Singapore’s Media Development Authority (MDA) has lifted the ban on 240 books and magazines but maintained its prohibition on the importation, selling, and distribution of 17 publications which it deems contrary to public interest.
The order was released on November 25 and posted on the government’s web portal. The MDA said the lifting of the ban was made after it conducted a routine review of previous classification decisions “to keep pace with societal norms”.
In de-gazetting these items, the Government has considered the prevailing content and community standards in Singapore. MDA assessed that a number of these de-gazetted publications are out-of-print or are permissible under today’s content standards.
Some of the previously banned titles include communist plays, Malay nationalist pamphlets, and erotic novels. For example, the anti-colonial periodical ‘Dravida Nadu’ was banned in 1949, the communist play ‘The Long March’ was declared illegal in 1959, and adult novel ‘Fanny Hill’ was included in the list of prohibited books in 1966.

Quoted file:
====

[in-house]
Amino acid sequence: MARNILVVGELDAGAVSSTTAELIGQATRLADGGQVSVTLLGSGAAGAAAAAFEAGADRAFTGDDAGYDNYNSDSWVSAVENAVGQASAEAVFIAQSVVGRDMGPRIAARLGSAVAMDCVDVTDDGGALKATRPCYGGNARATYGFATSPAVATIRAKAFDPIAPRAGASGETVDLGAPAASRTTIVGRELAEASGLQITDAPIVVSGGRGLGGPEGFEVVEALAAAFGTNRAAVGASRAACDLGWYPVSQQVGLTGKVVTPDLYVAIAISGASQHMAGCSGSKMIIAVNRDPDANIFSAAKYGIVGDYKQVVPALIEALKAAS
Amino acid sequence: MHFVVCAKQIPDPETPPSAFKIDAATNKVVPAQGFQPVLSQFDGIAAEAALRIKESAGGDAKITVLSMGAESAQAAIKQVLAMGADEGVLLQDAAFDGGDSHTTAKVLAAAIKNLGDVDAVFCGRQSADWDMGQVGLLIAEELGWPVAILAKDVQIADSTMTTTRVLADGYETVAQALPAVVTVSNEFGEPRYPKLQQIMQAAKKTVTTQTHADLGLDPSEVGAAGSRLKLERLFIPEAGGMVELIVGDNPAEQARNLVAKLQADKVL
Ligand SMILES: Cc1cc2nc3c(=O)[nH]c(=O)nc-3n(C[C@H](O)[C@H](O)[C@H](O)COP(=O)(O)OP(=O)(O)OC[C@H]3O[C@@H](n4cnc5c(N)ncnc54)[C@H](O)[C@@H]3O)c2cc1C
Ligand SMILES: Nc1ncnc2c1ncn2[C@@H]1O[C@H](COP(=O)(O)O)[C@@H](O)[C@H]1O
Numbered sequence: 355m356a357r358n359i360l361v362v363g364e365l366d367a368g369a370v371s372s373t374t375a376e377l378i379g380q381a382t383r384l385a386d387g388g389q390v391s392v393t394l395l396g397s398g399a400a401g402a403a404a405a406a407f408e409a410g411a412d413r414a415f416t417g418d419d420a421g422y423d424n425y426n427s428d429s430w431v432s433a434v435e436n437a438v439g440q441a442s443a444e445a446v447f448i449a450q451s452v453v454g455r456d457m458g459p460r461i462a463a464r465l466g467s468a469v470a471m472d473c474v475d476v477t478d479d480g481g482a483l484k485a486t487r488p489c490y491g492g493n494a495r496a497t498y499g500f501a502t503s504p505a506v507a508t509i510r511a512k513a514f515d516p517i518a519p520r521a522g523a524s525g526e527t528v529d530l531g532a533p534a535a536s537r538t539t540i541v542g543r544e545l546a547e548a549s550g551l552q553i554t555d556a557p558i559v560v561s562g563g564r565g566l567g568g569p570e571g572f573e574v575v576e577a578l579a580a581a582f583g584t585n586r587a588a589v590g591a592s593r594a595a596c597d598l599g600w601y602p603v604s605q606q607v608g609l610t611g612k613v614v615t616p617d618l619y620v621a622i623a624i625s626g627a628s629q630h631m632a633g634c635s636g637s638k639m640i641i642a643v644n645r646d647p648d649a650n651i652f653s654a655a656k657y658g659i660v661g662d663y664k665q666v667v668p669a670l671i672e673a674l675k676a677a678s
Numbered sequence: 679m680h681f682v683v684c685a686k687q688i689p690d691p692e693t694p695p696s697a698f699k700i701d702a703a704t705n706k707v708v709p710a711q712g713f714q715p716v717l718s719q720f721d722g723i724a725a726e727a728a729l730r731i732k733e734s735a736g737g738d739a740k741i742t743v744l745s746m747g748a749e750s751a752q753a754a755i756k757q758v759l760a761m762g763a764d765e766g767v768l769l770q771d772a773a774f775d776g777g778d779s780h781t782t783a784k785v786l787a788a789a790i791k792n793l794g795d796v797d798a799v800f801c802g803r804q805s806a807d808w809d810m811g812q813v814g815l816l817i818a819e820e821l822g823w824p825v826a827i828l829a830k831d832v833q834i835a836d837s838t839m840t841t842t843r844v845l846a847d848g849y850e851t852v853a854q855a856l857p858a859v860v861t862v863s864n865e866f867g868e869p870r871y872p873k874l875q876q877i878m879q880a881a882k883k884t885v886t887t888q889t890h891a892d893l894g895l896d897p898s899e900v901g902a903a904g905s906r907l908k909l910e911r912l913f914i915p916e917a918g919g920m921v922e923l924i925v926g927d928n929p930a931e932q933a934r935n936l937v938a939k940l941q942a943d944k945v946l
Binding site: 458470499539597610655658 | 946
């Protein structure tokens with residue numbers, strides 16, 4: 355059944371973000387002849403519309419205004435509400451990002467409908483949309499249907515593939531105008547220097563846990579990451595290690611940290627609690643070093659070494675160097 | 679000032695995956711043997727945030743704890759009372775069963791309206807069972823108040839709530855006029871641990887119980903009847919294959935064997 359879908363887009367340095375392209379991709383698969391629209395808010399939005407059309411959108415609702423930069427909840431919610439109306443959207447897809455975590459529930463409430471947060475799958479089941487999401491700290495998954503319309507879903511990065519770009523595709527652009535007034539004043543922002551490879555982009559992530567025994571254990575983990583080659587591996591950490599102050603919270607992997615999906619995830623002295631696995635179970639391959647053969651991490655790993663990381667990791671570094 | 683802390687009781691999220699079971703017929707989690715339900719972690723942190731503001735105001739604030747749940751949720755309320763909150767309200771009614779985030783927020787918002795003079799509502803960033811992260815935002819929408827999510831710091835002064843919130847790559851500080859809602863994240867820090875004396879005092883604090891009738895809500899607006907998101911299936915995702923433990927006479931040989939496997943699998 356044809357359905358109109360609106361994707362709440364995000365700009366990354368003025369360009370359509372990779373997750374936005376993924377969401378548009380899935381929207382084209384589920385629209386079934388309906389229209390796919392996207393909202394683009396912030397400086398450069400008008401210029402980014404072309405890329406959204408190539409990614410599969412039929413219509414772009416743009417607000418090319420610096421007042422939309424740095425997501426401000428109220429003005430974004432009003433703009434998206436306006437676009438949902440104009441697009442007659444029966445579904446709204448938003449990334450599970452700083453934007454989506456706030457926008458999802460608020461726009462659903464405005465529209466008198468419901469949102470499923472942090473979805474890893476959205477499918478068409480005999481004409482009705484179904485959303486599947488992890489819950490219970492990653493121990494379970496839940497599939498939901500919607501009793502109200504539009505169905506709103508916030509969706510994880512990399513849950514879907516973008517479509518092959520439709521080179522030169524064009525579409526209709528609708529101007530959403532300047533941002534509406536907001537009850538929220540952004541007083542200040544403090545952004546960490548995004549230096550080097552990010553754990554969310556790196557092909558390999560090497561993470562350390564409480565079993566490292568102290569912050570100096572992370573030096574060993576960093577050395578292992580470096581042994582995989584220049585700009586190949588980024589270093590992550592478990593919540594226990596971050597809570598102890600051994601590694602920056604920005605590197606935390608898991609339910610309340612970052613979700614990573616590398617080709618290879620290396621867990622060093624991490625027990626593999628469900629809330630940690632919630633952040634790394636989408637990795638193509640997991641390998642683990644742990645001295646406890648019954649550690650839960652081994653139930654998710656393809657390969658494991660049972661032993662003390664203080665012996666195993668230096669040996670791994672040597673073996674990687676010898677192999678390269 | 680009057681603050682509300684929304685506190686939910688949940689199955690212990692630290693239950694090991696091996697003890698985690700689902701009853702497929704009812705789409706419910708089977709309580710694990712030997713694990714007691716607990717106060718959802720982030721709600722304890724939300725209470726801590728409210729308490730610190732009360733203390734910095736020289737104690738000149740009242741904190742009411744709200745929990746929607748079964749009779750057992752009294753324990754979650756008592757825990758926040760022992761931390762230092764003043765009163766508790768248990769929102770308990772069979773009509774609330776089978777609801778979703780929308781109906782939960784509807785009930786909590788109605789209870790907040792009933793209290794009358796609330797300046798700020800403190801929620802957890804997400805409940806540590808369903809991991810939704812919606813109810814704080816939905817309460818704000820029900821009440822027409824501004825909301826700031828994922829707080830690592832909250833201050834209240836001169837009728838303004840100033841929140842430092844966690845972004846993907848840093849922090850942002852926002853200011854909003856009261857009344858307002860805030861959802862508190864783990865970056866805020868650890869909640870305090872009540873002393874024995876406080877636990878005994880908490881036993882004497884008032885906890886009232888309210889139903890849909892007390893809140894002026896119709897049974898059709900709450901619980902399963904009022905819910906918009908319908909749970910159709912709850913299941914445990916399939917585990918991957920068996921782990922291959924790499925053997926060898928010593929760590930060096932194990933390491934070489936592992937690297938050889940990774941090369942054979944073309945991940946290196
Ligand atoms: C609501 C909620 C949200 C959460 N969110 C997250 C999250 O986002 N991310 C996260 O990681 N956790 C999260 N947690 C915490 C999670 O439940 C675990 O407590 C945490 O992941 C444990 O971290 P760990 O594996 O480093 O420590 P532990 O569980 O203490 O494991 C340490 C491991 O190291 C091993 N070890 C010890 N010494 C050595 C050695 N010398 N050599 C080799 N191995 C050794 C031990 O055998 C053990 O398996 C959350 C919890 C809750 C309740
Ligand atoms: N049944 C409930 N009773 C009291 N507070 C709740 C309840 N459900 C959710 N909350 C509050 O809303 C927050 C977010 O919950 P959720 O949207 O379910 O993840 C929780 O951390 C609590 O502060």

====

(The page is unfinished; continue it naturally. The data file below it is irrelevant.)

Singapore enacted the Undesirable Publications Act in 1967, which criminalizes the possession or ownership of publication that are deemed obscene and dangerous by the government.
The last time the government lifted a ban on a publication was in 2004 when it allowed the printing and distribution of women's magazine Cosmopolitan after a 22-year prohibition.
Some of the ‘undesirable publications’ that can now be imported and sold in Singapore following the recent order of the MDA also include Henry Miller's ‘The World Of Sex’, World Student News magazine, Malay nationalist periodical ‘Nusa Dan Bangsa Melaju’, and Chinese-language erotica ‘Loose Women Of Wealthy Families’.
On the other hand, the MDA order affirmed the ban on 17 publications for being contrary to public morals and national interest. Most are ‘hardcore pornographic’ magazines such as Penthouse, Hustler, and Playboy. But the government also included all publications of Watch Tower Bible and Tract Society and the International Bible Students Association, which are part of the Jehovah's Witnesses, a group that refuses members to undergo national service. The ban on the publications of Jehovah's Witnesses was first issued in 1994.
The MDA order will have little impact on the publishing industry since many of the previously banned titles are no longer in print or have become unpopular already. Nevertheless, it’s a reminder that Singapore enforces a strict regulation of media which many believe undermines the people’s right to free expression.